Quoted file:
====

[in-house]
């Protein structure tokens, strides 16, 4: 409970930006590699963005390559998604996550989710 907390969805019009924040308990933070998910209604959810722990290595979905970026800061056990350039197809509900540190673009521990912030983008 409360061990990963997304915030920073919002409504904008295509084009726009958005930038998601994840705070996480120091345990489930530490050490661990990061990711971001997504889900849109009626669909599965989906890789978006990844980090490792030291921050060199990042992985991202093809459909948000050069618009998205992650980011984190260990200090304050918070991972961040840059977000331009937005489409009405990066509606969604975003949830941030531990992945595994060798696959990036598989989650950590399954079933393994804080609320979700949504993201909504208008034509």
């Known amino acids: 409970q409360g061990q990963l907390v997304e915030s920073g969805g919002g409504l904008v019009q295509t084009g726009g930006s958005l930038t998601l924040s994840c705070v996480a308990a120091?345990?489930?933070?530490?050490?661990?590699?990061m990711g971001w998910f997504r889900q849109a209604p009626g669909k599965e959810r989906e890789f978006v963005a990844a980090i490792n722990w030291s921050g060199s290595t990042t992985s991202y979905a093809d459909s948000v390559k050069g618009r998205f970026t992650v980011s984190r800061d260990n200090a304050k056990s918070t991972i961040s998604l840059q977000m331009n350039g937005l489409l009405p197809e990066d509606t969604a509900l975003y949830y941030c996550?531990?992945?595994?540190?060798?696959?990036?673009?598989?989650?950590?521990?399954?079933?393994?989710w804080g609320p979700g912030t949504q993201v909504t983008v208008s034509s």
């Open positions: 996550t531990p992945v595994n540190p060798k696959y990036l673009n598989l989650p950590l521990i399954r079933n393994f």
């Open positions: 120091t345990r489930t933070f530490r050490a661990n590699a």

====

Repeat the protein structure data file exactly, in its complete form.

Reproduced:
[in-house]
């Protein structure tokens, strides 16, 4: 409970930006590699963005390559998604996550989710 907390969805019009924040308990933070998910209604959810722990290595979905970026800061056990350039197809509900540190673009521990912030983008 409360061990990963997304915030920073919002409504904008295509084009726009958005930038998601994840705070996480120091345990489930530490050490661990990061990711971001997504889900849109009626669909599965989906890789978006990844980090490792030291921050060199990042992985991202093809459909948000050069618009998205992650980011984190260990200090304050918070991972961040840059977000331009937005489409009405990066509606969604975003949830941030531990992945595994060798696959990036598989989650950590399954079933393994804080609320979700949504993201909504208008034509």
């Known amino acids: 409970q409360g061990q990963l907390v997304e915030s920073g969805g919002g409504l904008v019009q295509t084009g726009g930006s958005l930038t998601l924040s994840c705070v996480a308990a120091?345990?489930?933070?530490?050490?661990?590699?990061m990711g971001w998910f997504r889900q849109a209604p009626g669909k599965e959810r989906e890789f978006v963005a990844a980090i490792n722990w030291s921050g060199s290595t990042t992985s991202y979905a093809d459909s948000v390559k050069g618009r998205f970026t992650v980011s984190r800061d260990n200090a304050k056990s918070t991972i961040s998604l840059q977000m331009n350039g937005l489409l009405p197809e990066d509606t969604a509900l975003y949830y941030c996550?531990?992945?595994?540190?060798?696959?990036?673009?598989?989650?950590?521990?399954?079933?393994?989710w804080g609320p979700g912030t949504q993201v909504t983008v208008s034509s």
């Open positions: 996550t531990p992945v595994n540190p060798k696959y990036l673009n598989l989650p950590l521990i399954r079933n393994f």
């Open positions: 120091t345990r489930t933070f530490r050490a661990n590699a």